Chapter 20: Of course! He’s going to do you in the boathouse between courses! I bow to your ability to keep cool, by the way: it’s not every newly deflowered prude who would have the poise to remark on the halogen lights as they’re being carried up a flight of stairs. After all, you need your wits about you for this slightly tedious conversation about who’s turning who on more and who’s really controlling who, though don’t worry: it won’t last long before you can “revel in the fullness of his possession”. Goodness.

Meanwhile, I’m developing my theories about “Kate.” I still think you’re in love with her, but I’m beginning to think it might not be unrequited. Why else is she trying to wind up Christian and come between you? Unless… Gasp! Does she want a spanking too?

Chapter 21: I’m extremely sorry that I’ve rushed over the love eggs and the shagging on the desk. I’m just really anxious to get to the bit where you go for your interview at the publishing house, or “Seattle Independent Publishing,” which is “small and unconventional, championing local authors, and has an interesting and quirky roster of clients.” I know, it takes all sorts, and the minutiae of the publishing world is my thing.

OK. Bohemian receptionist: check. Woman with Pre-Raphaelite hair: check. (By the way, about this description: “She could be in her late thirties, maybe in her forties. It’s so difficult to tell with older women.” EL James, I’m no expert but this is probably your demographic. Learn some manners.) Young man with a ponytail: check, check, check! Oh, God. This “Jack Hyde,” who you describe as charming and unnerving. Is he your next dominant? Is publishing riddled with perverts as well? Who knew?

You know what you need to do? Go home and see your mum. Though don’t tell her about the sex dungeon, it’s not fair.

Chapter 22: When I said don’t tell her about the sex dungeon, I obviously didn’t mean say things like, “He’s very complicated and mercurial.” To mothers, that means one thing, and one thing only: “I have met a lunatic with a sex dungeon.” Especially your mother: she’s been married four times.

Chapter 23: In which your mother meets Christian, realizes implicitly he’s a lunatic with a sex dungeon, but that he’s your lunatic with a sex dungeon and advises you to tread carefully. And invites him for dinner.

Chapter 24: This is clever stuff: one minute, he’s flying you across the dawn-streaked sky in a glider, the next minute you’re making out in an International House of Pancakes. I get the point. Billionaire or pauper – this book is for everyone. Though perhaps a bit less for someone who finds it difficult to accept that the heroine’s mother takes her daughter’s new boyfriend bailing out of dinner when she’s already made the soup with quite such equanimity. This might be fiction, but let’s not push it.

Slumming it at IHOP with Christian. Photo by Andy Callahan

Chapter 25: Ah. Usually when the new bf blows out dinner, it’s not a great sign. But it’s ok this time. He just had to go home to buff the whips and shackles up.

Chapter 26: WTF! WTF! It’s all over? “Ana,” what are you thinking? The guy’s got a massive condo, a fleet of private planes and a recovery rate of about 1.3 minutes. Whaddya mean you can’t put yourself through this anymore? Whaddya mean you can’t fulfill his needs? Grit your teeth and think of the film rights! Don’t leave him sobbing into his cat-o’-nine-tails while you run off to your new job in “publishing” with Mr “Hyde” (as in “Jekyll and…” or “I’ll tan your…,” I wonder?). And, don’t leave us hanging: what about Kate and Elliot? What about Darfur? When will we discover the truth about Christian’s crack whore mother? And the older woman who turned him on to a life lived on the dark side?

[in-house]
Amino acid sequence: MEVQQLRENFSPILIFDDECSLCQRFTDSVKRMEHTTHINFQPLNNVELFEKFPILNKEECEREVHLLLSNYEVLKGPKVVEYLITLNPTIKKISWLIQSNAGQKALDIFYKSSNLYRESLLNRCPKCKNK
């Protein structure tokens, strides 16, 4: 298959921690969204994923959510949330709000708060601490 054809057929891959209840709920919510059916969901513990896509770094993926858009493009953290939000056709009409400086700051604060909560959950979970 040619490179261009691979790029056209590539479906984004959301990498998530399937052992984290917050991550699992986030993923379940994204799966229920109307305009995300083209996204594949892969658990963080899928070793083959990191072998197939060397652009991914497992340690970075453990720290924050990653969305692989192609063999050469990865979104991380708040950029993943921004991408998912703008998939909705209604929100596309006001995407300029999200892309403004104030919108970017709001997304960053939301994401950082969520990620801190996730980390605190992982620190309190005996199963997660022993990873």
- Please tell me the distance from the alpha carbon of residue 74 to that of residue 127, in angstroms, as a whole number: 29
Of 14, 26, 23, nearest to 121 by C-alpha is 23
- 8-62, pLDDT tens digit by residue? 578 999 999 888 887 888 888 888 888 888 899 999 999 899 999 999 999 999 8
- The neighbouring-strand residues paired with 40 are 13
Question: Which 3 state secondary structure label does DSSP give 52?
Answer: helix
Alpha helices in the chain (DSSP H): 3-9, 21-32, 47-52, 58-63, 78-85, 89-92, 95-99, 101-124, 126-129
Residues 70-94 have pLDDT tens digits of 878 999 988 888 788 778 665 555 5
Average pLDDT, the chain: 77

So many questions, so little resilience left in my frazzled little head. Can I really put myself through vols 2 and 3? EL James: can I really give you what you need from me? Or, is it better than we remember this beautiful moment but decide to go on to pastures new? Me, a favourite edition of The Magic Mountain, you a life spent liberating women from the evil taboos that prevent them from a frank and unfettered expression of their sexuality. Who knows if we can ever be together again? Let’s say our goodbyes as if they were final, just in case. Just in case. Farewell, my darling. And you take care of yourself: it’s a cruel, cruel world out there.

Trumps 25 and 50 Shades of Grey anyway you slice it. Or spank it. Or whip it.

Alex Clark

About Alex Clark

Alex Clark is a freelance journalist living in London, writing about books, arts, football and a whole host of other things for papers such as The Guardian and The Observer. She is also editor at large of Union Books and the former editor of Granta.
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3 Responses to The Last 25 Shades of Grey

  1. I’ve spent the last few weeks disgusted by the insane popularity of poorly written porn (and it’s not like the standard has ever been that high…) But after reading this I might have to change my mind. It sounds like like the literary equivalent of listening to KISS.

    The only troubling thing now are the number of knock off titles on display in WH Smith… talk about stiff competition…

  2. g2taylor says:

    I never got around to reading the book (too busy working on my own novels) but your blog was absolutely delightful!
    I found your blog while watching the episode of Midsomer Murders (Netflix) where Troy and Cully kissed and was curious whether they eventually “hook up” so I did a little internet research.
    Anyway…I have enjoyed reading your posts and just had to respond to this one.
    http://creativedazewithgeri.blogspot.com/